According to this piece from Saudi Gazette, 2012 saw a large number of inane fatwas being issues. The common point, the article suggests, is that they were based on politics more than actual religion, but as a ruling from a religious expert, they nonetheless carry weight. At least for those who choose to follow them.

Among the winners in the past year were those forbidding non-Palistinian Muslims from visiting Jerusalem; forbidding Muslims from playing football — at least professional football — beating school children (this one seems okay); and women’s holding the office of president in Mauritania.

Of course, all this nonsense accomplishes is to deprecate the value of fatwas and lessen respect for Islam, by Muslims and non-Muslims alike.

2012 saw flurry of controversial fatwas in Arab world
Saudi Gazette report

RIYADH – The Arab world witnessed issuance of a flurry of religious edicts (fatwas) during 2012, most of which became controversial due to their strange nature and political dimensions.

These included a fatwa forbidding non-Palestinian Muslims from visiting Jerusalem, Islam’s third holiest city, and a ban on playing football.

Some of these fatwas seemed to have the hallmark of the Arab Spring, according to a report in Al-Hayat newspaper.

Among the most controversial fatwas, there was one by renowned Islamic scholar Sheikh Yusuf Al-Qaradawi, who is the chairman of the International Union for Muslim Scholars (IUMS).

His fatwa came as a disapproval of the Palestine President Mahmoud Abbas’s call for Arabs and Muslims to visit occupied Jerusalem, commenting that this is not accepted in Islam.

In the fatwa issued earlier in 2012, Sheikh Al-Qaradawi said: “The Palestinians are entitled to enter the holy city as they please, but the Arab and Muslim people are not.” The scholar explained that this is prohibited for the purpose of not legitimizing the Israeli occupation.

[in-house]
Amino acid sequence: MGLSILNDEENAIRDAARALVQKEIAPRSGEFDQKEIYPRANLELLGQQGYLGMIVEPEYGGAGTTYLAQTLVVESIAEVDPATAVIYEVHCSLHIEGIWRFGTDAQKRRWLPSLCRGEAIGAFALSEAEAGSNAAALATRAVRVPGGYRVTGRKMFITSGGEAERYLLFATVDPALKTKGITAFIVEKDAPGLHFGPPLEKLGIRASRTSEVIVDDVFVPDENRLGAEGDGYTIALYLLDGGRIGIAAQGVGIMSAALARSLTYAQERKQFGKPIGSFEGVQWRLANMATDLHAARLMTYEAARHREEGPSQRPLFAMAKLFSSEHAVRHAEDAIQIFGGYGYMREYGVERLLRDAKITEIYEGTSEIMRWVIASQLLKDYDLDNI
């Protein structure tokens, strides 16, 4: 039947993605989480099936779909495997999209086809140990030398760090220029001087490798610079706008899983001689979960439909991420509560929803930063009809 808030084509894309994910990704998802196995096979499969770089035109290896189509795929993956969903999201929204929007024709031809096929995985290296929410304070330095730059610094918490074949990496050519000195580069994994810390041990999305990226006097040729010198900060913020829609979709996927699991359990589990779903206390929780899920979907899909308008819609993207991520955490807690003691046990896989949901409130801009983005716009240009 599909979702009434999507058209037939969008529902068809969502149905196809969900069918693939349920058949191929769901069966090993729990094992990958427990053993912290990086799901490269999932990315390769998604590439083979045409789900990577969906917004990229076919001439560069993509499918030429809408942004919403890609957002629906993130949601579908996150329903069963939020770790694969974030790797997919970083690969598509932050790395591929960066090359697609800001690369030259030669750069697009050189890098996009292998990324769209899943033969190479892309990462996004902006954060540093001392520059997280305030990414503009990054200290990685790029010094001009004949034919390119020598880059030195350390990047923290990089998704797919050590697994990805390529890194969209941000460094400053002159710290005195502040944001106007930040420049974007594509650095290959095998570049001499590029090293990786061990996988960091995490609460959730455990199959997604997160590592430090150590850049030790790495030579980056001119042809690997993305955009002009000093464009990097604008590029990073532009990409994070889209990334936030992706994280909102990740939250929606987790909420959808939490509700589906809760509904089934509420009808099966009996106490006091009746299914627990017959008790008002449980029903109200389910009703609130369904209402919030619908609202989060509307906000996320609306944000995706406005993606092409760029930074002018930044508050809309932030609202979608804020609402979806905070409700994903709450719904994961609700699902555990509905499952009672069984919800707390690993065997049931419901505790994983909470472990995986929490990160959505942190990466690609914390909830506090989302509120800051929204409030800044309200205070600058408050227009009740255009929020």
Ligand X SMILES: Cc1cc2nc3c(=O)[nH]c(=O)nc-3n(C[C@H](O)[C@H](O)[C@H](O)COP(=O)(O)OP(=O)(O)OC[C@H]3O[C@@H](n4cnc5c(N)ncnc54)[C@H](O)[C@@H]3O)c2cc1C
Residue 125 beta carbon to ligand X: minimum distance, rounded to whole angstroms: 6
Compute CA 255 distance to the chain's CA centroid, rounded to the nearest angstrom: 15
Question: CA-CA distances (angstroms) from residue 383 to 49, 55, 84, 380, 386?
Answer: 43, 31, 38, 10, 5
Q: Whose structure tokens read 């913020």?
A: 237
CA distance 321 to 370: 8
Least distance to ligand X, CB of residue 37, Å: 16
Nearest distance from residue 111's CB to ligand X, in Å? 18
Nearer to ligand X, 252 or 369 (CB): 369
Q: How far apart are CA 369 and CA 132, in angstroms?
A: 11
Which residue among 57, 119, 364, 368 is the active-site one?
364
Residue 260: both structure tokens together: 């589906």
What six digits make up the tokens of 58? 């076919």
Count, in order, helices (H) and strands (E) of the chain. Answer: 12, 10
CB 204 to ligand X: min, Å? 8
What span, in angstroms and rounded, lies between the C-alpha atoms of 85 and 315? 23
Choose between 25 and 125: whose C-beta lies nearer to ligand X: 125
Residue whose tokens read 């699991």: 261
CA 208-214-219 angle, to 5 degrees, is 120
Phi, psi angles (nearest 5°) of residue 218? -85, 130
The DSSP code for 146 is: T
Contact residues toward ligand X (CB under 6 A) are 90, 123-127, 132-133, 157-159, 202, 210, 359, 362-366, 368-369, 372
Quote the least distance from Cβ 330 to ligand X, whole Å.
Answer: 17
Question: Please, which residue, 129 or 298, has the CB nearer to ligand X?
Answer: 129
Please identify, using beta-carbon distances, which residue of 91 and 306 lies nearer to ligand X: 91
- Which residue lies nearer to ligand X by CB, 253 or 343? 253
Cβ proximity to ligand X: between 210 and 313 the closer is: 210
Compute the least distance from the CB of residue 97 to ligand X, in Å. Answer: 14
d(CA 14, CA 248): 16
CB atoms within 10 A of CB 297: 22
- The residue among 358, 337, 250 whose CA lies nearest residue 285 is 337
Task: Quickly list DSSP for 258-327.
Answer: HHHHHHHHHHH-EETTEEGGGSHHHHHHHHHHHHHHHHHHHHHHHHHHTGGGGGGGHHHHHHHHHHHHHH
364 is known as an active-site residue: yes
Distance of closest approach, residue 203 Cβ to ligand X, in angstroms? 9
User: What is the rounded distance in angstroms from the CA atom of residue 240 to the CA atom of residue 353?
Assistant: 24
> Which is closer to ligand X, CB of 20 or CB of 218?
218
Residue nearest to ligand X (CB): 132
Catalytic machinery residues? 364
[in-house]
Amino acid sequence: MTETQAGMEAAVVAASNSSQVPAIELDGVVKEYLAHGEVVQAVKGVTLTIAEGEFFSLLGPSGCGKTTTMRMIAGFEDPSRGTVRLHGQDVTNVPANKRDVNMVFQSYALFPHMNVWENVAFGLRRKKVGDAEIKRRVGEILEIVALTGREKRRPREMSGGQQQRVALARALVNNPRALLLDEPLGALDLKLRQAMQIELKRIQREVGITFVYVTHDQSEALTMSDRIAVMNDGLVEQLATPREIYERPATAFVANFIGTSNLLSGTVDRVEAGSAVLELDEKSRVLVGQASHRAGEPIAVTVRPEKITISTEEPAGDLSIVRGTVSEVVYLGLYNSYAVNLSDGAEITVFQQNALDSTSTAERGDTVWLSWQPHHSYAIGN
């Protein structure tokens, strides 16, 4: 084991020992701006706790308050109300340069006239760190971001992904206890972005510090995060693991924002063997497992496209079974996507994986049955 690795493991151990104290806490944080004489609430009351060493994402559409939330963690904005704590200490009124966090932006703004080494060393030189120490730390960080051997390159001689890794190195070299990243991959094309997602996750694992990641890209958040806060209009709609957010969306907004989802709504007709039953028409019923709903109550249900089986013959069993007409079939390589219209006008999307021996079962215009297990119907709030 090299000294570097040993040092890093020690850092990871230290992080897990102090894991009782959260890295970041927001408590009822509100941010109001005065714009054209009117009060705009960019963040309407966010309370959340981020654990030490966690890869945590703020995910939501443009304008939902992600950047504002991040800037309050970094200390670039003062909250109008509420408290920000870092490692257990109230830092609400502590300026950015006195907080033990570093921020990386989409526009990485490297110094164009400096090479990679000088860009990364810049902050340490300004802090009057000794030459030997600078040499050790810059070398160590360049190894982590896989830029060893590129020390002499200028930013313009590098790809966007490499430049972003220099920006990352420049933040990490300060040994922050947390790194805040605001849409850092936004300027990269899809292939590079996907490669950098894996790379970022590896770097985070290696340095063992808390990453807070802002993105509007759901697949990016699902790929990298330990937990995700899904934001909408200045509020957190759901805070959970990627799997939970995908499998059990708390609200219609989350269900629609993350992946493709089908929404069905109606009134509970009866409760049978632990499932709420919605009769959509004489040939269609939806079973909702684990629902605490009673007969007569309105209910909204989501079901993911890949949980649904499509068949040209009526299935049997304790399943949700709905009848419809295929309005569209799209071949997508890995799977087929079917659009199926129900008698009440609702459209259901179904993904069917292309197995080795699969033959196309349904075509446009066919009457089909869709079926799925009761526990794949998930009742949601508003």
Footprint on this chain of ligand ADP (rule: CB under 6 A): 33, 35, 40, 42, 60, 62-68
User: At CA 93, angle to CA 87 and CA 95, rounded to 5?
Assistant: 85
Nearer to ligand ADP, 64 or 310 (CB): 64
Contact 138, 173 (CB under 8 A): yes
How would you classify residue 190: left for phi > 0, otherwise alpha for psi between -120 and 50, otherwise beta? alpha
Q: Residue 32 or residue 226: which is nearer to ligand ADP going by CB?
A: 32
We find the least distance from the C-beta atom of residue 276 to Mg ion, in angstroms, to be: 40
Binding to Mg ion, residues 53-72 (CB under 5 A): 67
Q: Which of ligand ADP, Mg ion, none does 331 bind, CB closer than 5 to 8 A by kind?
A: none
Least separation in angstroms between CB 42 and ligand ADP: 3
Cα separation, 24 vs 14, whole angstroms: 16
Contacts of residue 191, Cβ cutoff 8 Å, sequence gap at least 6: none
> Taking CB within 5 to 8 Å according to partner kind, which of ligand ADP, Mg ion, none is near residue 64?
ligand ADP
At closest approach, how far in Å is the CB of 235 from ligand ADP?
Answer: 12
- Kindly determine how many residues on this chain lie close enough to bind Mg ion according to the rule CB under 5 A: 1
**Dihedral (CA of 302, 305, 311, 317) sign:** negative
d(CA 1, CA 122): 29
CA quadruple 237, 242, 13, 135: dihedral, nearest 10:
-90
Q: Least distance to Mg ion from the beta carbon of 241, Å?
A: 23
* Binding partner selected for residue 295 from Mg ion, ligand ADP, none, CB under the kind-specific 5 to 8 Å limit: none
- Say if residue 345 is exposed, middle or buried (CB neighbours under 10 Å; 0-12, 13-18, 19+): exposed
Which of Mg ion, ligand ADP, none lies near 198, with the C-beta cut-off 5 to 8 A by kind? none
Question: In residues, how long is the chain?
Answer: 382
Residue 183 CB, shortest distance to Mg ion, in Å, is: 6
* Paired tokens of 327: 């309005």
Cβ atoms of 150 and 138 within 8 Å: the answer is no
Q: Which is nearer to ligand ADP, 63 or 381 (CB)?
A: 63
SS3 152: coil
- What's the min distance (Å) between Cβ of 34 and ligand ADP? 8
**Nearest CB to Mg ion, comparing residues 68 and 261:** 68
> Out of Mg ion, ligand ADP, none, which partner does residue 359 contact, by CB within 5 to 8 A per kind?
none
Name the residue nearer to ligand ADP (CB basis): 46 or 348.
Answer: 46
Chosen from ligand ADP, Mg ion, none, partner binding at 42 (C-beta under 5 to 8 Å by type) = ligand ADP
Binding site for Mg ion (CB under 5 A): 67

January:01:2013 - 09:18 | Comments & Trackbacks (6) | Permalink
6 Responses to “2012: A Bad Year for Fatwas”
  1. 1
    News-2013-01-02 | SUSRIS Pinged With:
    January:02:2013 - 15:23 

    [...] 2012: A Bad Year for Fatwas [...]

  2. 2
    News-2013-01-02 | SBRIS Pinged With:
    January:02:2013 - 15:26 

    [...] 2012: A Bad Year for Fatwas [...]

  3. 3
    Saudi-News-2013-01-02 | ArabiaLink Pinged With:
    January:02:2013 - 15:29 

    [...] 2012: A Bad Year for Fatwas [...]

  4. 4
    Dakota Said:
    January:03:2013 - 02:14 

    So what’s with Saudi cleric Muhammed al-Arifi’s latest fatwa calling for the gang rape of Syrian women.

  5. 5
    Dakota Said:
    January:04:2013 - 01:51 

    An Australian mosque issues a fatwa against Christmas and then backtracks.

    That was one of the nice things about living in Jordan, everyone would remember their friends’ religion and wish them a “Kul ahm inte bxeer” on the appropriate day, sometime even exchanging cards. Years later, Christian friends still exchanged Islamic holiday greetings, remembering the warmth of sharing each others’ religious traditions. I am so glad I saw Islam in Jordan before I saw the cold and bitter form of it practiced in Saudi.

  6. 6
    Dakota Said:
    January:04:2013 - 03:02 

    The Salon piece about Muhammed al-Arifi has now been scrubbed, apparently a hoax:

RSS feed for comments on this post.

Sorry, the comment form is closed at this time.

antalya escortizmir escort
  • Advertising Info

    Interested in sponsoring Crossroads Arabia? Contact me for more information.

  • Copyright Notice

    All original materials copyright, 2004-2014. Other materials copyrighted by their respective owners.

    The fact that this blog permits one to use RSS to read content does not constitute permission to republish content. All requests for republication must be submitted through the Contact form on the menu above. Violations of copyright will be dealt with through applicable law.